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The Boycott Divestment and Sanctions Campaign — no action, just noise

  • May 25, 2015

In the Missouri/Southern Illinois region, the movement known as BDS, for boycott, divestment and sanctions, has for the most part sustained itself by creating noise — angry, divisive noise.  For all the swagger, the movement has accomplished nothing save increased anxiety within the Jewish community and outside the community, bewilderment. Recent noise about a program scheduled for the Missouri History Museum is a case in point.  Originally developed to present a cooperative education effort between the Ferguson community activists (a group that we assume included the Don’t Shoot Coalition, Hands Up United and the Organization for Black Struggle) and “Ayotzinapa”, the story of the presumed mass slaughter of young students.  In September, 2014, 43 students from the Raúl Isidro Burgos Rural Teachers’ College of Ayotzinapa went missing in IgualaGuerreroMexico. It was a horrific event; one that deserved unique attention.  Unfortunately, the entire opportunity was marginalized by the noise of the Solidarity with Palestine Committee, who became involved at some point and created controversy when the Museum staff determined that the original program was the one they sought to host, and not one including the issue of Palestine and it’s connection to Ayotzinapa or Ferguson.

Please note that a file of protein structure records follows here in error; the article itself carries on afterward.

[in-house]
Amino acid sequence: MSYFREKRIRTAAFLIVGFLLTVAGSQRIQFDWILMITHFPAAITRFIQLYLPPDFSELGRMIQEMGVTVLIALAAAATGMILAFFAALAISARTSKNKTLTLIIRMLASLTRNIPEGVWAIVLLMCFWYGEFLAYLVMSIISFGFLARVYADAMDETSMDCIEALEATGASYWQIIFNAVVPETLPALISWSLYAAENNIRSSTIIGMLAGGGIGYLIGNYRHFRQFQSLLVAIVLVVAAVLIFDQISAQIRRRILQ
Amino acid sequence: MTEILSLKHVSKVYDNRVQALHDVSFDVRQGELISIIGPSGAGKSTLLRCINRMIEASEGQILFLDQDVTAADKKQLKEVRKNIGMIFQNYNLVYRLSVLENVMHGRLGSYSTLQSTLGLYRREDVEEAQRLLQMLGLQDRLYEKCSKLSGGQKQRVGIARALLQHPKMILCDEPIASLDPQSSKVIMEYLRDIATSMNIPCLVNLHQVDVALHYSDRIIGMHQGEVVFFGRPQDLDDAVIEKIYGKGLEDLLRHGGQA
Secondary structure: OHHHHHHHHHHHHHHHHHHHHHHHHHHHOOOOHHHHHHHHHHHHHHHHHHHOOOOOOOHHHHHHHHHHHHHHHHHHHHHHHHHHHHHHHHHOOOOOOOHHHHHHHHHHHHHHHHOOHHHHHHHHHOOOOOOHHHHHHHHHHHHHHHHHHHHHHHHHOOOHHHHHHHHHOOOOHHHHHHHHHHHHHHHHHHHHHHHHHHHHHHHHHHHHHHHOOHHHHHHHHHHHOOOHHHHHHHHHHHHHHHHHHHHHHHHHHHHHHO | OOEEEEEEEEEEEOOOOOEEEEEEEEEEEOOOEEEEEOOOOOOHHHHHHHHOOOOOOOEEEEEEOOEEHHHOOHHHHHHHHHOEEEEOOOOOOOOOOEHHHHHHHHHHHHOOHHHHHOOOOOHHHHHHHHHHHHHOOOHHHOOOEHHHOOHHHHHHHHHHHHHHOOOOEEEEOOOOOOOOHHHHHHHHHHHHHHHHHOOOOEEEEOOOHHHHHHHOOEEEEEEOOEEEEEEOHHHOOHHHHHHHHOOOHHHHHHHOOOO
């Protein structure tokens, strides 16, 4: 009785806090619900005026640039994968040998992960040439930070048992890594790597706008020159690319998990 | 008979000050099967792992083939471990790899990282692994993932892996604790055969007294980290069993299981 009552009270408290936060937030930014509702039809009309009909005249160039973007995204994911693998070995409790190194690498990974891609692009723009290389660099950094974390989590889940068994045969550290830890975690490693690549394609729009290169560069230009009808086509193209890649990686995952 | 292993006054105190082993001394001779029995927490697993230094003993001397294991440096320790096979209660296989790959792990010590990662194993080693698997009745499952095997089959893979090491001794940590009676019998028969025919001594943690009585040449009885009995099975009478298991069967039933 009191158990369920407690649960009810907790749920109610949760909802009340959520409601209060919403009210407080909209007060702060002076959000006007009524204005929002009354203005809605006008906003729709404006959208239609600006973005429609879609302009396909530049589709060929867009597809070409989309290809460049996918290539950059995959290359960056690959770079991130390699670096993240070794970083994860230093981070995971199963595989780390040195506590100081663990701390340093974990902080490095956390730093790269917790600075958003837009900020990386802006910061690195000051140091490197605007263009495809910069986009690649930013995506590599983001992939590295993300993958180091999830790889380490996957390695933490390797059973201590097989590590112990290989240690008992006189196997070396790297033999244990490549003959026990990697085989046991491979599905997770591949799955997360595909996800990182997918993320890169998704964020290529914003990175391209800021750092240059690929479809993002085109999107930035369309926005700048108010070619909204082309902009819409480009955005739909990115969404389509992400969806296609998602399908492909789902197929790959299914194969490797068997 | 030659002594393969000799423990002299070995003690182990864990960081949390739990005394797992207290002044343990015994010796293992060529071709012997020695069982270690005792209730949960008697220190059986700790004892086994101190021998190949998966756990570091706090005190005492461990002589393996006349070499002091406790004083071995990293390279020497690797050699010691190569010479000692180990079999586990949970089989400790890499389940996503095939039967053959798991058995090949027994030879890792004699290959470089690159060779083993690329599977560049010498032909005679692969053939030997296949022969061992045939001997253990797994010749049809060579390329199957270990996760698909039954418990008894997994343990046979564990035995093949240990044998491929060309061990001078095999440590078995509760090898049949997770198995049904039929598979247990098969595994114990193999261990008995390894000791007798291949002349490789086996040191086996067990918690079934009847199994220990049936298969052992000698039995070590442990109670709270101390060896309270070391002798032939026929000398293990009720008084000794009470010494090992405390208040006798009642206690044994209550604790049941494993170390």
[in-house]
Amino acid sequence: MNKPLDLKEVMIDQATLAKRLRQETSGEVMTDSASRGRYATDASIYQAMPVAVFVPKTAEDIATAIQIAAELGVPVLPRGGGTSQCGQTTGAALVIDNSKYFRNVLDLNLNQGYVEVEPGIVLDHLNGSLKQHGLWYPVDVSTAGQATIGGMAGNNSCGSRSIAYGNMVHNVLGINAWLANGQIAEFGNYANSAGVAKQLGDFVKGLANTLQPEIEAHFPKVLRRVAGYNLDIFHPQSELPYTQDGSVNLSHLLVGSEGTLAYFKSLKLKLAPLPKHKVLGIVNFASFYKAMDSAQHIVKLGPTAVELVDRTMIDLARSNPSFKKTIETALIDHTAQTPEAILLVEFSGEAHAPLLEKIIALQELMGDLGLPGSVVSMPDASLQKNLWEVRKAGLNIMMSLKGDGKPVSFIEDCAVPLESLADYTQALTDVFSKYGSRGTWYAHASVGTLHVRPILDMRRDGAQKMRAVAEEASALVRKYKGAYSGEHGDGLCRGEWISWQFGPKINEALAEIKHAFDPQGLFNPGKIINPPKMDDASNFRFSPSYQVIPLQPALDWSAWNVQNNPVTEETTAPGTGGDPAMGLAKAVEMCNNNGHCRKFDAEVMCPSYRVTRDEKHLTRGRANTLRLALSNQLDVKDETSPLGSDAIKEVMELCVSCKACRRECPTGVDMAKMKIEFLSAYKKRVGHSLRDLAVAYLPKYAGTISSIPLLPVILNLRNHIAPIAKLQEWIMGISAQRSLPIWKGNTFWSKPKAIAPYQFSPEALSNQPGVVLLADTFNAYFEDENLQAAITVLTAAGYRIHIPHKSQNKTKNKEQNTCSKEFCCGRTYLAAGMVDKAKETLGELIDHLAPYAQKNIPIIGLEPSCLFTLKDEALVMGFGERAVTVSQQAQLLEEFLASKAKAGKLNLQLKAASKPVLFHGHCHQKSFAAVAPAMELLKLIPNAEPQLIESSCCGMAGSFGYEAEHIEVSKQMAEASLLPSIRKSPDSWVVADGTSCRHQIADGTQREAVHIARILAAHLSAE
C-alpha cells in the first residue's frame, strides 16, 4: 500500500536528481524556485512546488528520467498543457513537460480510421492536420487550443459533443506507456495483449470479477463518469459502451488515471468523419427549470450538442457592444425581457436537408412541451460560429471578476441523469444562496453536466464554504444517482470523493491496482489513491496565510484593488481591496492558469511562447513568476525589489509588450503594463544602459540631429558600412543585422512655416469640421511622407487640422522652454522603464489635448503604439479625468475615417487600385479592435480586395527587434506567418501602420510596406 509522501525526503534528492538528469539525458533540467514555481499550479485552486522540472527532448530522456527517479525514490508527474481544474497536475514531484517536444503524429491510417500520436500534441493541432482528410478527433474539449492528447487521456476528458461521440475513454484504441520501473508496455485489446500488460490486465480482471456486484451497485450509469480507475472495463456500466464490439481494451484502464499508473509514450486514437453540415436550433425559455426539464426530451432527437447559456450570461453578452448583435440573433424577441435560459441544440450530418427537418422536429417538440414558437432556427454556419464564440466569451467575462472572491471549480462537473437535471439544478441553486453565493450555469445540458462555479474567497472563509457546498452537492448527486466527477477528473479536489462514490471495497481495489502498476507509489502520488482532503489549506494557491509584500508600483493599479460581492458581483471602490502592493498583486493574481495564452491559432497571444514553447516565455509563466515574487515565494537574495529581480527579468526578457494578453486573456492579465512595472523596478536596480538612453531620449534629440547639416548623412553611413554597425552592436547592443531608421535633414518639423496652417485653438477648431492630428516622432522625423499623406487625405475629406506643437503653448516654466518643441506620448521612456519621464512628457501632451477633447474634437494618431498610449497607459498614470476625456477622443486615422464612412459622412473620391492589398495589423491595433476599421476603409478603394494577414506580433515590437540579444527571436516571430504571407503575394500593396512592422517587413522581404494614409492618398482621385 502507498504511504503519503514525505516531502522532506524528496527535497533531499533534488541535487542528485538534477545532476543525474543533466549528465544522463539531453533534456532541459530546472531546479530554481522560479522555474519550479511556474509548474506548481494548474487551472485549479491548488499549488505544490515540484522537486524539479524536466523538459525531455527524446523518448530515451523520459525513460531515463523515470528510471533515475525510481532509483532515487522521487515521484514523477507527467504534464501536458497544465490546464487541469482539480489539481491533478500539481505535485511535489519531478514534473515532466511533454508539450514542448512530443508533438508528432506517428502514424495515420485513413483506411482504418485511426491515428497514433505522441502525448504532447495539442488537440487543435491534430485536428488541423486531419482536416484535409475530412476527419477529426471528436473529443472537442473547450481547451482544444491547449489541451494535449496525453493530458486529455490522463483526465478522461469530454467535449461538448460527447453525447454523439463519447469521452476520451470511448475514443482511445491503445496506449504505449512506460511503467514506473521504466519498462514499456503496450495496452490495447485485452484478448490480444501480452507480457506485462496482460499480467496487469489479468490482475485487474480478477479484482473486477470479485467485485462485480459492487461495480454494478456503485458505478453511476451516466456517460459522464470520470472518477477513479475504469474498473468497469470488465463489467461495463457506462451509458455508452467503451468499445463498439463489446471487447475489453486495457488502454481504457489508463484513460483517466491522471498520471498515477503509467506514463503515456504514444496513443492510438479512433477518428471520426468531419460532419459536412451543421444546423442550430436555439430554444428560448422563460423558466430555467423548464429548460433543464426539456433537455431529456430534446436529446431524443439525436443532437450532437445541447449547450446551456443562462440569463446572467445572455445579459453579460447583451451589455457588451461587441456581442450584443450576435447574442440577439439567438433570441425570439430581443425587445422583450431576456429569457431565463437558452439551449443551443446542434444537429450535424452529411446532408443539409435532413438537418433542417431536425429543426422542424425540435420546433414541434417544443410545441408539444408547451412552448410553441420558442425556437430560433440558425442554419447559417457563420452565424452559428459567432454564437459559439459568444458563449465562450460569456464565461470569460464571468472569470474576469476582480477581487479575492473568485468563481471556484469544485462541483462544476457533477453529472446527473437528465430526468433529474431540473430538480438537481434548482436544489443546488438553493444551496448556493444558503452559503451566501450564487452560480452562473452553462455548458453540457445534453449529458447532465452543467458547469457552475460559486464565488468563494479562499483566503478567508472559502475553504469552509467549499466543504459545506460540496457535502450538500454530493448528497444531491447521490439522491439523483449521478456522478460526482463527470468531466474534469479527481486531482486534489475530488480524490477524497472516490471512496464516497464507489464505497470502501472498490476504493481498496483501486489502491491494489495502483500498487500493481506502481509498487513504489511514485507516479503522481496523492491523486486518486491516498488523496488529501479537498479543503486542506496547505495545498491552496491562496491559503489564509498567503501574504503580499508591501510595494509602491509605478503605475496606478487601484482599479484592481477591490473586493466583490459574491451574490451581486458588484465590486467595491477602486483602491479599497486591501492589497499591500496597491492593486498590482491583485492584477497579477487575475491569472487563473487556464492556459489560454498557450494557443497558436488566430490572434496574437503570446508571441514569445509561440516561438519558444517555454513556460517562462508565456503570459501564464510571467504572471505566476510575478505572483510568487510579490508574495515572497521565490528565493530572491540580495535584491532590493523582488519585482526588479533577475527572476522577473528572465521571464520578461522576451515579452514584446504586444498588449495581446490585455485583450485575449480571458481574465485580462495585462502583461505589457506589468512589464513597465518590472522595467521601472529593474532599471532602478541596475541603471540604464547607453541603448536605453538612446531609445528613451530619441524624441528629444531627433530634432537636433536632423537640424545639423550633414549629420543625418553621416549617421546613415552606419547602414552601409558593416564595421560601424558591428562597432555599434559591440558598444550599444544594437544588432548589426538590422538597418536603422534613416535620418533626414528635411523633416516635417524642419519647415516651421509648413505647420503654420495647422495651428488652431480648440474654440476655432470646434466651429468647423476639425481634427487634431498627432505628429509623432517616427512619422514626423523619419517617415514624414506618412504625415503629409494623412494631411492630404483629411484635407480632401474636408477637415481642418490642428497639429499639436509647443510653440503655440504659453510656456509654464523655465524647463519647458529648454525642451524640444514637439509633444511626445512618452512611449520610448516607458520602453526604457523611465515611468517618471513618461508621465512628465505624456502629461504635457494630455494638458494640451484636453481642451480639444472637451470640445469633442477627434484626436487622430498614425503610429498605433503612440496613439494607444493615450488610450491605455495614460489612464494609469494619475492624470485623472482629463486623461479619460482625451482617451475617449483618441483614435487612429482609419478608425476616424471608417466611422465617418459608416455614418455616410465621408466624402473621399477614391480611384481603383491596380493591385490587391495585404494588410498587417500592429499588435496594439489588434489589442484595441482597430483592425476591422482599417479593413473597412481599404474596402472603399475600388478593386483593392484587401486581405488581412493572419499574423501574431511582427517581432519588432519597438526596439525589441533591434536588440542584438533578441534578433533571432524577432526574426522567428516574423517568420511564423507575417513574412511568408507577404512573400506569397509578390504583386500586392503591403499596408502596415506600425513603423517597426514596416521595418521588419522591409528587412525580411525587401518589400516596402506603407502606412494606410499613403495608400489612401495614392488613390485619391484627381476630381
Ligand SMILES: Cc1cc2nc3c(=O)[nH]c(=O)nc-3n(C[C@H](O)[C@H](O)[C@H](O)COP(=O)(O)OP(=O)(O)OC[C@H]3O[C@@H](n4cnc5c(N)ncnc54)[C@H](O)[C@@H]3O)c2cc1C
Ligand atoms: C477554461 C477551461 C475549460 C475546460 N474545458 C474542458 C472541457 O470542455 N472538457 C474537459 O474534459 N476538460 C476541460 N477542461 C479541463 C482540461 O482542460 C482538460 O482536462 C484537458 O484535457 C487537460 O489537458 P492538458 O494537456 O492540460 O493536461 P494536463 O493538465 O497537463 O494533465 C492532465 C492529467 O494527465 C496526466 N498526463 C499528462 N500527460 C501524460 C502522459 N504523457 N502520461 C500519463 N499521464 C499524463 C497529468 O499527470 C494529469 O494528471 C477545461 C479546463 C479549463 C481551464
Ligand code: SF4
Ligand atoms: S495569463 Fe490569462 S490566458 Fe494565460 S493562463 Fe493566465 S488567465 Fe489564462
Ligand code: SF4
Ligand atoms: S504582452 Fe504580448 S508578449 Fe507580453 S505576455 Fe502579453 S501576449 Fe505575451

ADL staff attended the program, which was held at a interesting event space instead of the Museum, 330 North Beaumont and Locust Streets, and found that the presentation contained nothing of substance, certainly nothing that intellectually or substantively connected Ferguson, Ayotzinapa and Palestine.  Moreover, staff were left wanting more information about Ayotzinapa, and perhaps calls to action for those interested in supporting the families of those young people killed.

It was typical of those events where the BDS movement is involved — all swagger — nothing else.  For more information about how the movement is working on college campuses, please note the following article by St. Louis’s own David Makovsky and his colleague Raquel Saxe.

Real community is built by working hard to learn about and understand others, by creating allies and building consensus and on occasion by making accommodations.